My name is Kathy Lee from Sydney, Australia. Who would have thought 2020 would bring Covid into our lives, and lead to me discovering at the ripe old age of 69 that I could paint, and yet that’s exactly what happened!
April 2020 saw me (along with pretty much the rest of the world) looking for ways to pass time. I have always been interested in arts and crafts but, having ruined several promising sketches in high school by adding paint, and being repeatedly told by teachers I would never be any good at art, I resigned myself to exploring other avenues.
Born in the UK, the next several years saw me exploring embroidery, macrame, knitting, lace making, textiles, jewellery making – you name it, I tried it as long as colour was involved and I could create something I liked.
1986 saw me emigrating to Australia (with my husband and 3 young daughters), where I discovered ceramics. I thought I had found my true passion until injury forced me to give it up, and fall into the arms of resin art instead. I loved the free-flowing vibrancy of the colours but, alas, the ‘hobby’ was expensive, and I discovered the residual fumes on the artwork aggravated my grandchildren’s asthma. Back to the drawing board – literally!
Enter Covid and a local art store, where I discovered watercolour and fell in love with the potential, comparatively low costs, and smaller storage space needed for finished works (little did I know that a love of this art form can lead you to accumulate amazing amounts of art supplies – my dining room table aka ‘studio’ will bear witness to this!)
I started with very loose flowing paintings, then tried some of the online tutorials – I highly recommend this for newcomers to any art form as there are lots of free tutorials on YouTube.
My confidence increased with each one and I started to experiment- first with loose flowing watercolours and then with more detailed, realistic paintings.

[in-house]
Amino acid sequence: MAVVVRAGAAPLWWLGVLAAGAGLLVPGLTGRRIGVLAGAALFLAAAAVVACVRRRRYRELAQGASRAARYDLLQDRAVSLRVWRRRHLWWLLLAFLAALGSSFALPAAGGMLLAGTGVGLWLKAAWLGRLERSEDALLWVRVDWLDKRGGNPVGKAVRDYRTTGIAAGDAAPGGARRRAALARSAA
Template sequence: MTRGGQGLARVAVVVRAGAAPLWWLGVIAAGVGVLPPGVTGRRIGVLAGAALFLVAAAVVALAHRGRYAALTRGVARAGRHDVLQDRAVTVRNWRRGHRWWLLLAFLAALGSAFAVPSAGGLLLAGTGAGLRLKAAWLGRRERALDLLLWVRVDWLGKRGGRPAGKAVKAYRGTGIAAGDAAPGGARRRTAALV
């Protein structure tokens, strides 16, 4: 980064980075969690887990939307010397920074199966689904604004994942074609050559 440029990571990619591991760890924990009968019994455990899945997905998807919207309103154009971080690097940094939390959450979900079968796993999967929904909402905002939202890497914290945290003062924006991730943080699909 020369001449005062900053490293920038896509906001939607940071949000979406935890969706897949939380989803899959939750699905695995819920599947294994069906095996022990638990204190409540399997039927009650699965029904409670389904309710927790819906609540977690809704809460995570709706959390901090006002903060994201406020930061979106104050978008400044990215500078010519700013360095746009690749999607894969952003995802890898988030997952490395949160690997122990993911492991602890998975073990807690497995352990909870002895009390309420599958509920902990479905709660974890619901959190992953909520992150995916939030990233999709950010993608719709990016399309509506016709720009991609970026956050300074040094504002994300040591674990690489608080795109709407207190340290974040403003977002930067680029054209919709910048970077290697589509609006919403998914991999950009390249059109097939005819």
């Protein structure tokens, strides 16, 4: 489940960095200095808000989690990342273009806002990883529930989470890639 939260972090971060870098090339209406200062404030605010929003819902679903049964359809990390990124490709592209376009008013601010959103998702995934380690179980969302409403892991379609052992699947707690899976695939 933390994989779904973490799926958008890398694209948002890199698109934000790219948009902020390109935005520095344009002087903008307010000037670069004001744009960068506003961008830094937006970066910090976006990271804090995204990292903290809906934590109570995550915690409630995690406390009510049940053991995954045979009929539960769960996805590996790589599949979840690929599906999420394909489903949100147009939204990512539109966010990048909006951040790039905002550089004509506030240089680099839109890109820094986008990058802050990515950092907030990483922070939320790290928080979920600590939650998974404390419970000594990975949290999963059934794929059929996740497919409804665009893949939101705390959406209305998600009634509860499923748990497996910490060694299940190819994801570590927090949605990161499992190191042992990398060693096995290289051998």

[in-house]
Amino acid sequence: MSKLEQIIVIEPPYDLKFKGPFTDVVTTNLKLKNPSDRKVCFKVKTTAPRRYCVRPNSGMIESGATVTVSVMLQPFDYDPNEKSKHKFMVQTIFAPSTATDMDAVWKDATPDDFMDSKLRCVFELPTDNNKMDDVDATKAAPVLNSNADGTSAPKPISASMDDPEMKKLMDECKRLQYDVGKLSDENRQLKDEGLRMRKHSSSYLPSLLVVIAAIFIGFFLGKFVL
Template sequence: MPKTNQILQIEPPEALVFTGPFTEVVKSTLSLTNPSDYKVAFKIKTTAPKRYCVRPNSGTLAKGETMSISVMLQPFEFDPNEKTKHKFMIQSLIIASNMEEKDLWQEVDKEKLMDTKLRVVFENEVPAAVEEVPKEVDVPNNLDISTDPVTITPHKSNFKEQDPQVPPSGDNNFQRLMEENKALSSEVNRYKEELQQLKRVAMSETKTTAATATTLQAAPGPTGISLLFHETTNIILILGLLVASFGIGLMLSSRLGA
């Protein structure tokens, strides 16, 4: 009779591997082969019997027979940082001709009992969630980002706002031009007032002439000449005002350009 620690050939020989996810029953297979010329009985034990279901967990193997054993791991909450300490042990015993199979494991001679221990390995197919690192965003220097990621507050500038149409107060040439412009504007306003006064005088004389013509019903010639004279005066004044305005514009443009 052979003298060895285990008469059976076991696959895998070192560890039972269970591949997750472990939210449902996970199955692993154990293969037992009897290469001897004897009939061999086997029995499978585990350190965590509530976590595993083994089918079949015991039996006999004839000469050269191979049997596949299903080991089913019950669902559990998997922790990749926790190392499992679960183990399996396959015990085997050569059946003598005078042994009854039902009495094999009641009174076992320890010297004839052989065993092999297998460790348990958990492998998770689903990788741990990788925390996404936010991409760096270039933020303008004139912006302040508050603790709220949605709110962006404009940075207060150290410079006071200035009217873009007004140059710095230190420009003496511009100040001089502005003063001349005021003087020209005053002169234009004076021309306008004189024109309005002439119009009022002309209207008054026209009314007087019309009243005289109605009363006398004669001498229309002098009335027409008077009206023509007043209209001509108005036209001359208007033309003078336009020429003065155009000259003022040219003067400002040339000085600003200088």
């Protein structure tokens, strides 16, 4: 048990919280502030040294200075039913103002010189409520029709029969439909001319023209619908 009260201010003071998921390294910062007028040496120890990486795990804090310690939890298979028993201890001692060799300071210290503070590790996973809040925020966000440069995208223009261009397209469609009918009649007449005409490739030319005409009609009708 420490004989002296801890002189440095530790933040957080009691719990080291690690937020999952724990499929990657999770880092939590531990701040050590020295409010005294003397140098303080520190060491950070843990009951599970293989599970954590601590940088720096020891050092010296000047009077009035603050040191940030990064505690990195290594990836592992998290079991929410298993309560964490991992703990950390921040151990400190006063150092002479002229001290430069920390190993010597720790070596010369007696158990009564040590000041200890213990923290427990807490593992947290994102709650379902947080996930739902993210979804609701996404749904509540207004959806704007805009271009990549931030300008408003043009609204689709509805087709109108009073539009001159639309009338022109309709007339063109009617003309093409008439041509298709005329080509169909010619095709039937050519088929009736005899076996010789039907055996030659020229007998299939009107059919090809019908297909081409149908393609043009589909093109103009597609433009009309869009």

My work has evolved since I started in April 2020. I incorporate more detailed work, have taken up pet portraits, and discovered a whole new world to explore with charcoal and pastels. I am currently exploring combining charcoal with watercolour to see what effects can be achieved. My first work in this genre, ‘Leonides,’ sold immediately so I guess that’s a good start. I am currently working on a tiger, ‘Kambuku.’
I typically start by either seeing a plant, or photo of an animal (Unsplash is a great resource for Free photos) or just getting an idea in my head – a bit like an itch, it won’t go away until I ‘scratch’ it! Colour is a source of joy and motivation to me and literally makes my heart sing when it all comes together, as with ‘Safari Sunset’ (below) and ‘Tribal Instinct’ (at top of post).
I either draw freehand, trace or map out with a grid from photos to get my baseline drawing, and then build on it from there. Alternatively, I freehand sketch an outline if it’s from my imagination and then let the colours work their magic. With watercolour, building up slowly in layers really works well, and you ensure you get the results you want by making haste slowly.
These days, I prefer to use either Daniel Smith or Winsor & Newton paints having discovered cheaper paints don’t work as well. You need a lot more to achieve a similar, but not necessarily, equal result. I am a little more flexible with paper, buying mainly those on special at the time, but not less than 300gsm. My dream is to work with Arches paper – maybe a birthday gift this year (fingers crossed). Canson is a cheaper quality alternative.
I don’t paint on less than 300gsm paper. I do a fair bit of wet on wet and find anything less doesn’t give me the results I want. I also love to experiment with things like salt, acetone etc for different effects.
Salt was used for the sky on both ‘Safari Sunset’ and ‘Tribal Instinct’ with great results. I have been fortunate enough to sell quite a few or my artworks having decided at the outset to make my art affordable.
For me, it’s about the joy of creation, having people enjoy what they see, and liking it enough to want to take it home. What a great compliment! I’m lucky indeed that my love of colour has led me to this whole new world – I don’t think I’ll ever tire of exploring it, and it really IS never too late!Recommended6 recommendationsPublished in